The sacked police officer whose fatal knee-on-neck arrest of George Floyd sparked blazing riots in Minneapolis has been charged with murder and manslaughter.
Derek Chauvin, 44, was filmed kneeling on Floyd as the unarmed and handcuffed African American gasped and pleaded “Please, I can’t breathe”. The man died shortly afterwards.
The white officer had his knee on Floyd’s neck for eight minutes and 46 seconds, including nearly three minutes after Floyd stopped moving and talking, according to details of the criminal complaint.
The White House was been sent into temporary lockdown as protests in the national capital escalated.
Chauvin, who was later sacked alongside three other officers, has been charged with third-degree murder and second-degree manslaughter as outlined by Hennepin County attorney Mike Freeman at a news briefing.
Derek Chauvin, the former Minneapolis police officer seen in a video with his knee on George Floyd's neck, has been arrested and faces charges of third-degree murder and manslaughter, according to Hennepin County Attorney Mike Freeman https://t.co/cCSZyGMZj4 pic.twitter.com/Lt8LGk85YG
— CNN (@CNN) May 29, 2020
The criminal complaint said an autopsy found nothing to support strangulation, with the medical examiner concluding a combination of being restrained, potential intoxicants in Floyd’s system and his underlying health issues likely contributed to his death.
Chauvin is accused of ignoring another policeman who was worried the handcuffed man should be rolled onto his side.
The complaint said Floyd was struggling with officers who tried to put him in a squad car and at one point he went to the ground face down.
One officer held Floyd’s back and another held his legs, while Chauvin put his knee on Floyd’s head and neck area.
When one officer said he was getting worried and asked if Floyd should be rolled onto his side, Chauvin said no, the complaint states.
“We are continuing to review the evidence; there may be subsequent charges later,” Mr Freeman said.
“We have evidence. We have the citizen’s camera, video – the horrible, horrific, terrible thing we’ve all seen over and over again.
“We have the officer’s body-worn camera, we have statements from some witnesses, we have a preliminary report from the medical examiner. We have discussions with an expert.
“All of that has come together so we felt in our professional judgement it was time to charge.”
It comes after a third night of violent protests in the US mid-western city in which protesters torched a police station that officers abandoned and Donald Trump called in the National Guard.
Police evacuated the 3rd Precinct station, the focus of many of the protests, late on Thursday to protect employees, a spokesman said.
Dozens of fires were also set in nearby St Paul, where nearly 200 businesses were damaged or looted and a building collapsed in flames.
The protests fuelled by outrage over Floyd’s death and police treatment of African Americans have spread across America, with demonstrators clashing with officers in New York and blocking traffic in Columbus, Ohio and Denver.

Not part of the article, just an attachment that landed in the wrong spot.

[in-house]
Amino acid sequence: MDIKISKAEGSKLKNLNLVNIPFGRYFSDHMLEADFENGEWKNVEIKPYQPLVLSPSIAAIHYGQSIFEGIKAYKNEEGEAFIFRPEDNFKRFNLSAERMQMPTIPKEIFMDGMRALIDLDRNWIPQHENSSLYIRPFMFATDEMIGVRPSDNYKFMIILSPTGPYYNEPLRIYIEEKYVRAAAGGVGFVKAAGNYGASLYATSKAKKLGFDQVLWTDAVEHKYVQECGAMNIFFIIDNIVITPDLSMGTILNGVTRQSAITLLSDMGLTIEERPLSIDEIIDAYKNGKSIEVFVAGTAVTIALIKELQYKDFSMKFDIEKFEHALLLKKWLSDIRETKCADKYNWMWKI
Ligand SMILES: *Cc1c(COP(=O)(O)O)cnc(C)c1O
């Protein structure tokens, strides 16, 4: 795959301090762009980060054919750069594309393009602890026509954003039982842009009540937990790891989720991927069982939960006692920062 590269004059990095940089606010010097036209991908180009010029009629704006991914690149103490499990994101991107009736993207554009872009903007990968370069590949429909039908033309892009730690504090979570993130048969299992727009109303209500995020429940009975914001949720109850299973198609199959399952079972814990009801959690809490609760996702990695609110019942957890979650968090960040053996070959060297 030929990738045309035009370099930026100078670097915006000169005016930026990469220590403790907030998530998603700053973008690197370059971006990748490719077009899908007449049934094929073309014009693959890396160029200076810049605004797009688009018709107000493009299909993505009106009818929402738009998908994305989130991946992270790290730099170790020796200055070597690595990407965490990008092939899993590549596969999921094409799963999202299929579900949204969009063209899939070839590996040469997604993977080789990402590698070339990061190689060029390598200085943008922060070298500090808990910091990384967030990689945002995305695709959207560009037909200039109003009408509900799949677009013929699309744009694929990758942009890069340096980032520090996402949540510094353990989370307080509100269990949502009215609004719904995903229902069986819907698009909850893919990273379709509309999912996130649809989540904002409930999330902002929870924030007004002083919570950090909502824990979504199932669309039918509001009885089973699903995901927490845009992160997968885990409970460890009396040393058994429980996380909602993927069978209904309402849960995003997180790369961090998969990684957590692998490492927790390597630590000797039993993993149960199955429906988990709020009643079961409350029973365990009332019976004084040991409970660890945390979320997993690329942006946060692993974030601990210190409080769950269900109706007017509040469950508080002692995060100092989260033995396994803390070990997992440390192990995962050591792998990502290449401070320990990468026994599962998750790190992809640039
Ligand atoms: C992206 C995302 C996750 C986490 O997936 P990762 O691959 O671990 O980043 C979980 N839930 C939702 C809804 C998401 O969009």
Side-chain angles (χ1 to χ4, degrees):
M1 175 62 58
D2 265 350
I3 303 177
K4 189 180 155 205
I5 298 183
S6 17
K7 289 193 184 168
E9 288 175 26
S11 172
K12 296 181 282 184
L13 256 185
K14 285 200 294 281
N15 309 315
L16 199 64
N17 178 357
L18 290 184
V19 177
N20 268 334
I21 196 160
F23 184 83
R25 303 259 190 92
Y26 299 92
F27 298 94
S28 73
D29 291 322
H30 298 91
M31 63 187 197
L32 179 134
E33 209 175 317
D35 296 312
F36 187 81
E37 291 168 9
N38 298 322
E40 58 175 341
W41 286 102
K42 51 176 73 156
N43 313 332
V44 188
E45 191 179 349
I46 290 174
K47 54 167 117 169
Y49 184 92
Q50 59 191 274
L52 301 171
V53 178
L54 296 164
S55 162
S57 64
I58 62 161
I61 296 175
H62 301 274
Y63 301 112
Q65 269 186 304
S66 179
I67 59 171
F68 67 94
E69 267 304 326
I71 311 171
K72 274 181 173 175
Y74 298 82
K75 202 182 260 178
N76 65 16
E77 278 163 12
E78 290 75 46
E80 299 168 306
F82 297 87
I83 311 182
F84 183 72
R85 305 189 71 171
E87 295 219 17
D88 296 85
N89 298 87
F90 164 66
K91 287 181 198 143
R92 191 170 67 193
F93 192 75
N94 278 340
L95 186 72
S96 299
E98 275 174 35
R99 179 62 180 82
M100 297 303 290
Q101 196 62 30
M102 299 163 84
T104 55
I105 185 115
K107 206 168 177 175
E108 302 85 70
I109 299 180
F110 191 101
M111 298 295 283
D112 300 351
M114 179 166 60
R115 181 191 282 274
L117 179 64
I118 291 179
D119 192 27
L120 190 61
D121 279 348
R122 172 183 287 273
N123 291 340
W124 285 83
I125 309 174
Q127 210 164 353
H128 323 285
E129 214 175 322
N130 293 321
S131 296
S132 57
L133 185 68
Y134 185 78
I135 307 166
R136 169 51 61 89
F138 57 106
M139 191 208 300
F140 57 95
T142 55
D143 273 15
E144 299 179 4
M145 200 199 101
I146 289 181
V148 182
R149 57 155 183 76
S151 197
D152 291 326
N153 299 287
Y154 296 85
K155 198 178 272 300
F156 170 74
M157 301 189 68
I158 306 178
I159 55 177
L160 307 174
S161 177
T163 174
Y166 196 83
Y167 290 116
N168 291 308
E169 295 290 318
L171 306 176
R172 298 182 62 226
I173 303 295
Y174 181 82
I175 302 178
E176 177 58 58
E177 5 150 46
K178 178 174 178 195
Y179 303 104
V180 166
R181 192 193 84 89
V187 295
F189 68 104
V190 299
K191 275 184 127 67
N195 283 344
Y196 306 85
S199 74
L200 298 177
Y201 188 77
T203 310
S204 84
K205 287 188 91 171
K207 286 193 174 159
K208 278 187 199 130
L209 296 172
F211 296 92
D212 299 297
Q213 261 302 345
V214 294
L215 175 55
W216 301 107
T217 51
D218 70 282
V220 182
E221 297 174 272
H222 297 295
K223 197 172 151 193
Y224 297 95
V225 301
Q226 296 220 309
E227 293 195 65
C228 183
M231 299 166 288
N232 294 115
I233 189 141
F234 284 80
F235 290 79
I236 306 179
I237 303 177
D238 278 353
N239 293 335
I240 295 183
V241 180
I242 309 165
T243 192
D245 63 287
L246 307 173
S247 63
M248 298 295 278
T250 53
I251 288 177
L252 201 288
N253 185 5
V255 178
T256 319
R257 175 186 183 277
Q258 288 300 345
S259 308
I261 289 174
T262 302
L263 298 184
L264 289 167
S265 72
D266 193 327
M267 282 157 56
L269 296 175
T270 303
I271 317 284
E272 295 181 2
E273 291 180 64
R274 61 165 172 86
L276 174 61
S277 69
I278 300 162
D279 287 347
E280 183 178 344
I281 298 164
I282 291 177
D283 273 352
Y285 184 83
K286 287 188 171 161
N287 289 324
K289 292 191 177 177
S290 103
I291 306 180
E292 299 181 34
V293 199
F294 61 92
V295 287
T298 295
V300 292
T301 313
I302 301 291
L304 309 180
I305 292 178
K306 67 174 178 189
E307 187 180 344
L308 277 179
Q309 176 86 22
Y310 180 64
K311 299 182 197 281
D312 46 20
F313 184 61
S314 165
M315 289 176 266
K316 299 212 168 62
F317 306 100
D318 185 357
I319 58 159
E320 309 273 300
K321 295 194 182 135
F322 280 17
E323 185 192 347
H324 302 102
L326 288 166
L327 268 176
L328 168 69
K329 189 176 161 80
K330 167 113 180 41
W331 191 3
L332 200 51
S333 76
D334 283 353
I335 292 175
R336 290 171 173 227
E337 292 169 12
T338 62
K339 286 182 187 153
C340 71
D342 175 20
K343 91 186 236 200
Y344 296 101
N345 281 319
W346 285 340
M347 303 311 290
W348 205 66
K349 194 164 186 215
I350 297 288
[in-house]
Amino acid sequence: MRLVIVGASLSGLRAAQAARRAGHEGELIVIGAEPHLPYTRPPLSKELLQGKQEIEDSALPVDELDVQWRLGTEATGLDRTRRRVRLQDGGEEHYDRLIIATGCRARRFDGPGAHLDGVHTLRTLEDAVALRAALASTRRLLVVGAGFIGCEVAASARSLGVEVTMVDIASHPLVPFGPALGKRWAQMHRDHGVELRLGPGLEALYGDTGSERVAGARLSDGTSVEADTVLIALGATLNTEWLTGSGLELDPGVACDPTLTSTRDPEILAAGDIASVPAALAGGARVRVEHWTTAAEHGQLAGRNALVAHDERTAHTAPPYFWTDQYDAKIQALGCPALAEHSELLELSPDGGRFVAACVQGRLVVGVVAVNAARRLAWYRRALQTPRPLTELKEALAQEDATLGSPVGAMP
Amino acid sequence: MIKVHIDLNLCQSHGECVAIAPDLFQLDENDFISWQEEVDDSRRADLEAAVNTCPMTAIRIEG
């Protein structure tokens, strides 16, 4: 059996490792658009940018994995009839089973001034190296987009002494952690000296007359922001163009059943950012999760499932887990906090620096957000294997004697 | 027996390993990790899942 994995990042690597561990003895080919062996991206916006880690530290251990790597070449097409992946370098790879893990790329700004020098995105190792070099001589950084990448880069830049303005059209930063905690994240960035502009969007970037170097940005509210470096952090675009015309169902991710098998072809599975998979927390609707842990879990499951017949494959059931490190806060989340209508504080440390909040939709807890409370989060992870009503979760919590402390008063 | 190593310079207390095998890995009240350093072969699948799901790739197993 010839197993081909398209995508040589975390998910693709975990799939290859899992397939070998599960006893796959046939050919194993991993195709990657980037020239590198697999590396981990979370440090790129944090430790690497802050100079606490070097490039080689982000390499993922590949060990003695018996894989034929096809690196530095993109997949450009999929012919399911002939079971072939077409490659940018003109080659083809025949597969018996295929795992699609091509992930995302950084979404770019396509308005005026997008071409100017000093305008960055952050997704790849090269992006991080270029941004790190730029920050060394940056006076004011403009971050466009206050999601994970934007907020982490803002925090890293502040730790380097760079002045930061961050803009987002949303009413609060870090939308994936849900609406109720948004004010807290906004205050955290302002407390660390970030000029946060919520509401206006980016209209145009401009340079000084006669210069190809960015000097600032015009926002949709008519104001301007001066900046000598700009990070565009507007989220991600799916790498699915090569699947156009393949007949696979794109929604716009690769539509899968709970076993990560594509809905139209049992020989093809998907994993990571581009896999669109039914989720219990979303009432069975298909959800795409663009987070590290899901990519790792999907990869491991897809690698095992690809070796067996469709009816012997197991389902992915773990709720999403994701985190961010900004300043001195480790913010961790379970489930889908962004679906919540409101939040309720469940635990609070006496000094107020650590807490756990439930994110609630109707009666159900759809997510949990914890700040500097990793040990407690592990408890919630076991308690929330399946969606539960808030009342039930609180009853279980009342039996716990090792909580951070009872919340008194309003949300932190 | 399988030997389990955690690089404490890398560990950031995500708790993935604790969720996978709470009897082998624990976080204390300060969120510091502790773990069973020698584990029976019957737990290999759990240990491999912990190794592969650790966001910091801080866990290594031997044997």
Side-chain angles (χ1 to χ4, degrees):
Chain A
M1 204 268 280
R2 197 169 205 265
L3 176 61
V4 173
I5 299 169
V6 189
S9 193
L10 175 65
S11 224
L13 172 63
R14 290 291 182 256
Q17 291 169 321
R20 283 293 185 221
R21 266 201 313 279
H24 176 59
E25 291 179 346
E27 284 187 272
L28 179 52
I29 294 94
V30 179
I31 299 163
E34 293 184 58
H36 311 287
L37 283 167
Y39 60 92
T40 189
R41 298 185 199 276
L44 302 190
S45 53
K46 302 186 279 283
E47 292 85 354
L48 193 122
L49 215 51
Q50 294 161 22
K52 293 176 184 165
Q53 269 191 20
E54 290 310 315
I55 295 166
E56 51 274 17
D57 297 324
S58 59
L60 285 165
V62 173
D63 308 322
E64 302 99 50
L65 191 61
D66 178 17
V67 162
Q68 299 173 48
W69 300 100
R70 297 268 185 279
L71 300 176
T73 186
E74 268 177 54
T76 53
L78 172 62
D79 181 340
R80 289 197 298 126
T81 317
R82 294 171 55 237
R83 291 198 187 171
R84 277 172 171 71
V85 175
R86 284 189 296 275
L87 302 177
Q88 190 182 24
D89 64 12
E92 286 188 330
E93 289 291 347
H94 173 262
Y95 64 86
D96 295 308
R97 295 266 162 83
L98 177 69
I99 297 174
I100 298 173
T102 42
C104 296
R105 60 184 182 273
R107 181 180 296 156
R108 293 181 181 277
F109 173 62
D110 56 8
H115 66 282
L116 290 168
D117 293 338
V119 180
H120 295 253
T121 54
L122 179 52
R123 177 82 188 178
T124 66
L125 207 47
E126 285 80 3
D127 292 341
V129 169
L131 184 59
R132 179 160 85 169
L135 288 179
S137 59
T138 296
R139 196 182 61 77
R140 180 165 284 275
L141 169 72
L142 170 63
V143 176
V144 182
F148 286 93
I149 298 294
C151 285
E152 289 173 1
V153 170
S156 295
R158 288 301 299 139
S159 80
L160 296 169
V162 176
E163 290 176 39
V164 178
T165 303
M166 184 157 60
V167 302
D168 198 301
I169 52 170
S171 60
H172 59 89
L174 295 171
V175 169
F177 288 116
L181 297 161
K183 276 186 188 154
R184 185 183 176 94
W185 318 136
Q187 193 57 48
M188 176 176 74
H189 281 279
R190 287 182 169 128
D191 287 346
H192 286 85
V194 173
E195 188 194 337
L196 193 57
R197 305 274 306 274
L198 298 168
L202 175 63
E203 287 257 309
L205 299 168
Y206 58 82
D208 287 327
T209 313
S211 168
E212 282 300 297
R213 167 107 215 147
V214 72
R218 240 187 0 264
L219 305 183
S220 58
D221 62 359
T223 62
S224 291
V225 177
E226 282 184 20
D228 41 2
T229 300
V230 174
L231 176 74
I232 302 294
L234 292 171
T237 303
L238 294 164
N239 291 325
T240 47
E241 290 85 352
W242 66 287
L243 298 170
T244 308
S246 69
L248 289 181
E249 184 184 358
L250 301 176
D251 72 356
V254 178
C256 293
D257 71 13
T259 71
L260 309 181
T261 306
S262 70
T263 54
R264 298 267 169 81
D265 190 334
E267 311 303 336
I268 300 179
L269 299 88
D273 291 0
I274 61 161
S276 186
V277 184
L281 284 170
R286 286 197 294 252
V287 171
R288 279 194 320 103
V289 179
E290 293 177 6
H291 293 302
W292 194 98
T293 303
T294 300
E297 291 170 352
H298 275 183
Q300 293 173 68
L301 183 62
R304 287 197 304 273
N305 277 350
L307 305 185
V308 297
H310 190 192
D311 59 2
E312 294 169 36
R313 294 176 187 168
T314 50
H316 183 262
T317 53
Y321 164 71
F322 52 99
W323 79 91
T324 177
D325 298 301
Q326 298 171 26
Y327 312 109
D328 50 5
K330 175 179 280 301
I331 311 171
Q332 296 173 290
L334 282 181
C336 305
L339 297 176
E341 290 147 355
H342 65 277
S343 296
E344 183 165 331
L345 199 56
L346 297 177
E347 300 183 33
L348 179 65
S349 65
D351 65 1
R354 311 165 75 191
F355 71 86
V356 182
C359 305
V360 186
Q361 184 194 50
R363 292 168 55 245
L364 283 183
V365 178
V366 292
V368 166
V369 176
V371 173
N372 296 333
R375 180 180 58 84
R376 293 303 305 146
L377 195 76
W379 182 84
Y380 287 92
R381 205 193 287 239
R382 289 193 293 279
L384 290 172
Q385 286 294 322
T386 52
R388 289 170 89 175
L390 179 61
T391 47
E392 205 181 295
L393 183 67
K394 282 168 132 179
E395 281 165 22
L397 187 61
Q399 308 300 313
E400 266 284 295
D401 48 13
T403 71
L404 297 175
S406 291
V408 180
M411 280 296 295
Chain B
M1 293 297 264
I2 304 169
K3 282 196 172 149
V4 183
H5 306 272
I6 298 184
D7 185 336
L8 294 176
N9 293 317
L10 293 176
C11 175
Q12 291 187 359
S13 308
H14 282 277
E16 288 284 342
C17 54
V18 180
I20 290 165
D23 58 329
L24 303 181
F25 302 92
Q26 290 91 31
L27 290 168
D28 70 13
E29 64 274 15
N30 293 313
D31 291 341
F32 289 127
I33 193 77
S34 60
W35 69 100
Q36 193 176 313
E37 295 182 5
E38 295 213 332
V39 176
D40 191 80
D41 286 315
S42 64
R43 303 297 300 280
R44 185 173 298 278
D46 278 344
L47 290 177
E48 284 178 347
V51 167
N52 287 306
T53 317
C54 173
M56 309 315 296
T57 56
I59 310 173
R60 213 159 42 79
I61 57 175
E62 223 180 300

President Donald Trump reacted to the unfolding racial tensions by threatening to bring Minneapolis “under control,” calling the rioters “thugs” and tweeting that “when the looting starts, the shooting starts” which drew a warning from Twitter.
Chauvin has been charged with the same murder and manslaughter counts as the officer convicted of shooting dead Australian life coach Justine Ruszczyk Damond.
Mr Freeman repeatedly referred to his successful prosecution last year of Mohamed Noor, the Minneapolis police officer.
“The Hennepin County Attorney’s office is one of the few prosecuting offices in this country in the last five years to successfully prosecute a police officer for murder and we did that on behalf of Justine Damond,” Mr Freeman said.
“We know how to do this.”
Minneapolis Mayor Jacob Frey said there was “a lot of pain and anger right now in our city” but warned against criminal behaviour.
“What we have seen over the past several hours and past couple of nights here in terms of looting is unacceptable,” said Cr Frey.
He defended the fact there had been only a handful of arrests across the first two nights of violence, saying, “we are doing absolutely everything that we can to keep the peace.”
Cr Frey said the National Guard was stationed in locations to help stem looting, including at banks, grocery stores and pharmacies.
Meanwhile the Minnesota State Patrol said a CNN television crew was among four people arrested as troopers were “clearing the streets and restoring order,” but they were released after being confirmed to be media members.
CNN said on Twitter that the arrests were “a clear violation of their First Amendment rights”.
The eruption of rage has been fuelled in part by local media reports that the police officer had 18 prior complaints filed against him with the Minneapolis Police Department’s Internal Affairs unit.
One of those incidents led to charges which came to nothing when prosecutors declined to proceed.
St. Paul Police Chief Todd Axtell said the scale of looting was unlike anything he’d seen in a 32-year career.
“We are going to hold offenders accountable, whether that’s today or down the road in the future,” he promised.